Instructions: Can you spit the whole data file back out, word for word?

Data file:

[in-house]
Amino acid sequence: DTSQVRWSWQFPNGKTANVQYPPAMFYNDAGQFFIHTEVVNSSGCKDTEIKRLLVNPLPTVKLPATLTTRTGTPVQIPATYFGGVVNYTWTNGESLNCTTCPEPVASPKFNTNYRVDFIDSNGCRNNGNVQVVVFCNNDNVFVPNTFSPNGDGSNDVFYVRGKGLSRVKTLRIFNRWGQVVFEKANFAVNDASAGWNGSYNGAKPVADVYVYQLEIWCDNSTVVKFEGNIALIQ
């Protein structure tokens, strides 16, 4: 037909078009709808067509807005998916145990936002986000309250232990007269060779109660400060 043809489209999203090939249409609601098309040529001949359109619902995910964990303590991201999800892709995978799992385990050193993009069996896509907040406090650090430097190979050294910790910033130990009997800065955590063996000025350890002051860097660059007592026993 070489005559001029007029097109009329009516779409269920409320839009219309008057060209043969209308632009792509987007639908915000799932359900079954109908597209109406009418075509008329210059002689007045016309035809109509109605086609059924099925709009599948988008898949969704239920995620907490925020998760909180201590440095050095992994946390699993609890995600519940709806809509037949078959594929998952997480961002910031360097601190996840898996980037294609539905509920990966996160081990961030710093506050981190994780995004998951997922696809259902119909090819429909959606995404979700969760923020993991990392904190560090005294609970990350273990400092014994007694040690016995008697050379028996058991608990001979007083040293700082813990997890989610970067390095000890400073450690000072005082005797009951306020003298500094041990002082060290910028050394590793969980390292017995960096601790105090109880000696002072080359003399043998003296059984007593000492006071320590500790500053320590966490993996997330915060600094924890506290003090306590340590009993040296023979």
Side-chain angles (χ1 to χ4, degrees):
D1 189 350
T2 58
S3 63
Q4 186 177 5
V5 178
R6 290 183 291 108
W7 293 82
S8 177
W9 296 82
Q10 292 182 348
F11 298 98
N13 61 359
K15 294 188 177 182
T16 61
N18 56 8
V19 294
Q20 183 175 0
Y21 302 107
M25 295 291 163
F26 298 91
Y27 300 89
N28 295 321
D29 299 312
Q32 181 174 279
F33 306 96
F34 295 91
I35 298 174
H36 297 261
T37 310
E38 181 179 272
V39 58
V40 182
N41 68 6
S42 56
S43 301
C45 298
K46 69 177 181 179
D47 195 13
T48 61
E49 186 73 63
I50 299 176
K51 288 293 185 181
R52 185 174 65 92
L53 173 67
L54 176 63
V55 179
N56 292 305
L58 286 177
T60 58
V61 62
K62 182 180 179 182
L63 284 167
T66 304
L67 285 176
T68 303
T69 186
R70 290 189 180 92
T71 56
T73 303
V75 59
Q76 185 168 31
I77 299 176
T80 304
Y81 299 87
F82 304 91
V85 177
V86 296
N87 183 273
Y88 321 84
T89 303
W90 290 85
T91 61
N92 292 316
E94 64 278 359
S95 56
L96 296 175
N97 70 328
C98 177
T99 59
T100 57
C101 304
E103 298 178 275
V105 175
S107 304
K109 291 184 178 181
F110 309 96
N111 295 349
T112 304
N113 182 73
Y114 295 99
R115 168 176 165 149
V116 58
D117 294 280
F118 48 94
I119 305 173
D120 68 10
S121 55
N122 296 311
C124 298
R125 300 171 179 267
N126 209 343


[in-house]
Amino acid sequence: DTSQVRWSWQFPNGKTANVQYPPAMFYNDAGQFFIHTEVVNSSGCKDTEIKRLLVNPLPTVKLPATLTTRTGTPVQIPATYFGGVVNYTWTNGESLNCTTCPEPVASPKFNTNYRVDFIDSNGCRNNGNVQVVVFCNNDNVFVPNTFSPNGDGSNDVFYVRGKGLSRVKTLRIFNRWGQVVFEKANFAVNDASAGWNGSYNGAKPVADVYVYQLEIWCDNSTVVKFEGNIALIQ
């Protein structure tokens, strides 16, 4: 037909078009709808067509807005998916145990936002986000309250232990007269060779109660400060 043809489209999203090939249409609601098309040529001949359109619902995910964990303590991201999800892709995978799992385990050193993009069996896509907040406090650090430097190979050294910790910033130990009997800065955590063996000025350890002051860097660059007592026993 070489005559001029007029097109009329009516779409269920409320839009219309008057060209043969209308632009792509987007639908915000799932359900079954109908597209109406009418075509008329210059002689007045016309035809109509109605086609059924099925709009599948988008898949969704239920995620907490925020998760909180201590440095050095992994946390699993609890995600519940709806809509037949078959594929998952997480961002910031360097601190996840898996980037294609539905509920990966996160081990961030710093506050981190994780995004998951997922696809259902119909090819429909959606995404979700969760923020993991990392904190560090005294609970990350273990400092014994007694040690016995008697050379028996058991608990001979007083040293700082813990997890989610970067390095000890400073450690000072005082005797009951306020003298500094041990002082060290910028050394590793969980390292017995960096601790105090109880000696002072080359003399043998003296059984007593000492006071320590500790500053320590966490993996997330915060600094924890506290003090306590340590009993040296023979």
Side-chain angles (χ1 to χ4, degrees):
D1 189 350
T2 58
S3 63
Q4 186 177 5
V5 178
R6 290 183 291 108
W7 293 82
S8 177
W9 296 82
Q10 292 182 348
F11 298 98
N13 61 359
K15 294 188 177 182
T16 61
N18 56 8
V19 294
Q20 183 175 0
Y21 302 107
M25 295 291 163
F26 298 91
Y27 300 89
N28 295 321
D29 299 312
Q32 181 174 279
F33 306 96
F34 295 91
I35 298 174
H36 297 261
T37 310
E38 181 179 272
V39 58
V40 182
N41 68 6
S42 56
S43 301
C45 298
K46 69 177 181 179
D47 195 13
T48 61
E49 186 73 63
I50 299 176
K51 288 293 185 181
R52 185 174 65 92
L53 173 67
L54 176 63
V55 179
N56 292 305
L58 286 177
T60 58
V61 62
K62 182 180 179 182
L63 284 167
T66 304
L67 285 176
T68 303
T69 186
R70 290 189 180 92
T71 56
T73 303
V75 59
Q76 185 168 31
I77 299 176
T80 304
Y81 299 87
F82 304 91
V85 177
V86 296
N87 183 273
Y88 321 84
T89 303
W90 290 85
T91 61
N92 292 316
E94 64 278 359
S95 56
L96 296 175
N97 70 328
C98 177
T99 59
T100 57
C101 304
E103 298 178 275
V105 175
S107 304
K109 291 184 178 181
F110 309 96
N111 295 349
T112 304
N113 182 73
Y114 295 99
R115 168 176 165 149
V116 58
D117 294 280
F118 48 94
I119 305 173
D120 68 10
S121 55
N122 296 311
C124 298
R125 300 171 179 267
N126 209 343